There is a lot of fear in the air at the moment about AI technology, some founded and some not so much. People want assurances that technologies like these will be used ethically, and that the interests of the folks they are being used on are protected. We think that’s perfectly sensible, and we only work with brands who think so too.  

That’s why we’ve recently gone public with our “AI Ethics Policy” it outlines our unwavering commitment to making sure that our tech doesn’t target vulnerable populations or exploit negative human emotions, as we believe there is a very real possibility that tech similar to ours could be used to do so.    

What do you think are the most important digital marketing metrics that every brand should track?

If there is a more important metric than return on investment (ROI), I haven’t seen it yet. The goal of every ad or marketing campaign should ultimately be about making your brand more money (if it isn’t you may be doing it wrong!), that’s why I focus on the metrics that impact the bottom line like Cost Per Lead (CPL), average revenue per email sent (ARPES), and Customer Lifetime Value (CPL).

Again, I think the strategy of putting too much stock into short-term metrics at the expense of long-term marketing success is fundamentally flawed. Marketing has always been about brand-building and consumer relationships and focused on generating actual sales, so focusing on the metrics that reflect these values makes the most sense.   

Why is it so important for copy and design to work together in marketing communications?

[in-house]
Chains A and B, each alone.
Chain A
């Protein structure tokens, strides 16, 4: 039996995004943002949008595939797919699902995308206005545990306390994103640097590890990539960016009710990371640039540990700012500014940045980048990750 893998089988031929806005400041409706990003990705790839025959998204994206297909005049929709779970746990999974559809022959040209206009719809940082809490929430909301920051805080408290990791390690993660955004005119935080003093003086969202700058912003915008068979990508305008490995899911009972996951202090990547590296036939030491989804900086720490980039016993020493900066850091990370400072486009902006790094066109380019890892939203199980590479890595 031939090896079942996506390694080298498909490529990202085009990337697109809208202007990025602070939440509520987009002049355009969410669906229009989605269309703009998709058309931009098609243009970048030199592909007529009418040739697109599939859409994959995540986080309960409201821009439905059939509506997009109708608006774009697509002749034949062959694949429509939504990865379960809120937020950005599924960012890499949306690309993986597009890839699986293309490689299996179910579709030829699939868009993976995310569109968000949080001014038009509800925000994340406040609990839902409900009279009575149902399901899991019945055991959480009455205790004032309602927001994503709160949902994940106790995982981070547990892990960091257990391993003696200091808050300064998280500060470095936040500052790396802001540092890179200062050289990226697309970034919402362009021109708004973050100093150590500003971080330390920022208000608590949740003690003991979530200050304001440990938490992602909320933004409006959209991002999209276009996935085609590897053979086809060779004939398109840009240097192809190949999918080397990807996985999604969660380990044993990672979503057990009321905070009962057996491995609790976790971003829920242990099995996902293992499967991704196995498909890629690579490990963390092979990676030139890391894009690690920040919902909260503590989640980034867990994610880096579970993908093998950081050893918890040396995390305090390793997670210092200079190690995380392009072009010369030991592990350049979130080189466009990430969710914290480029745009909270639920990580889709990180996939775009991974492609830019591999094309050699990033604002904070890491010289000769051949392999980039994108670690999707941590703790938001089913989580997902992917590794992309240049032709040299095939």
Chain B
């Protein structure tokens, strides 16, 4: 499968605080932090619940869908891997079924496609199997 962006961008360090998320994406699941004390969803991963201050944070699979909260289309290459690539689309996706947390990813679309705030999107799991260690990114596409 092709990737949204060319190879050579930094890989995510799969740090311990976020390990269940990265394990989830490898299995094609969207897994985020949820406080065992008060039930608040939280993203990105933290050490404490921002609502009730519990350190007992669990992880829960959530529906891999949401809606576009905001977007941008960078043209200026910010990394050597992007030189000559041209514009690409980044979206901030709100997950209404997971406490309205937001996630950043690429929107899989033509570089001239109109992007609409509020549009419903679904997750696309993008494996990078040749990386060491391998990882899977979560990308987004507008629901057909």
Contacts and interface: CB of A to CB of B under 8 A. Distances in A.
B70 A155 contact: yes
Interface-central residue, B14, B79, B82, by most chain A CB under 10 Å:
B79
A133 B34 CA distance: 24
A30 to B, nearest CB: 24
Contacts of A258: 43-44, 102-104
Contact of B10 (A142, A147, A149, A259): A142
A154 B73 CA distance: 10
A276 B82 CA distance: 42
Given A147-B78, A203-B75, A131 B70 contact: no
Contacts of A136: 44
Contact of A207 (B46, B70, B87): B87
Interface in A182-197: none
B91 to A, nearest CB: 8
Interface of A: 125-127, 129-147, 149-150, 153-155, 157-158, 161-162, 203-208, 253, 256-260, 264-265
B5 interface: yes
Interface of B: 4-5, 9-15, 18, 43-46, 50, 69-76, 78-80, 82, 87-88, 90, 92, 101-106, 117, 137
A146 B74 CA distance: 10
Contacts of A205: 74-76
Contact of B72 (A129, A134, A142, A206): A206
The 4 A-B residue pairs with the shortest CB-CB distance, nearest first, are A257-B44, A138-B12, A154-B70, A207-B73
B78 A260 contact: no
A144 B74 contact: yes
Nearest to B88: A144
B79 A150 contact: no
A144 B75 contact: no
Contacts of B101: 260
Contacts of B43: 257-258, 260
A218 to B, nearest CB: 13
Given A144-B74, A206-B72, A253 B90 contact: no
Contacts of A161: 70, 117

Effective design draws the consumer in and holds their attention, but effective copy is what closes the deal. I’ve always believed that both are important, and that focusing all your energy on one at the expense of the other is a fool’s errand.

How can AI help digital marketers elevate their customer experiences?

Today’s marketing Artificial intelligence is all about gleaning useful insights from massive amounts of data. If you believe that consumer data can help you understand what your customers want and how to reach them more effectively (which you should), AI is the most effective tool ever developed for doing so.  

In your opinion, which brands are creating the best customer experiences right now? Any recent examples?

Personally, I’m a huge fan of what eBay is doing. They’ve got a clear vision, and are executing that vision across many channels. Also, they also believe in non-digital marketing – things like radio and outdoor – channels that can be incredibly effective but are often ignored in favor of digital. 

Do you have any recommended best practices to help marketers level-up their customer experiences?

Absolutely, and it’s this: great customer experiences can exist only when brands and marketers truly respect the consumers they are trying to engage. Offering a great product at a reasonable price is (and always will be) extremely important, but if you forget to put the needs of the customer first and bombard them with boring, spammy marketing they’ll disengage and you’ll lose them to a competitor sooner or later.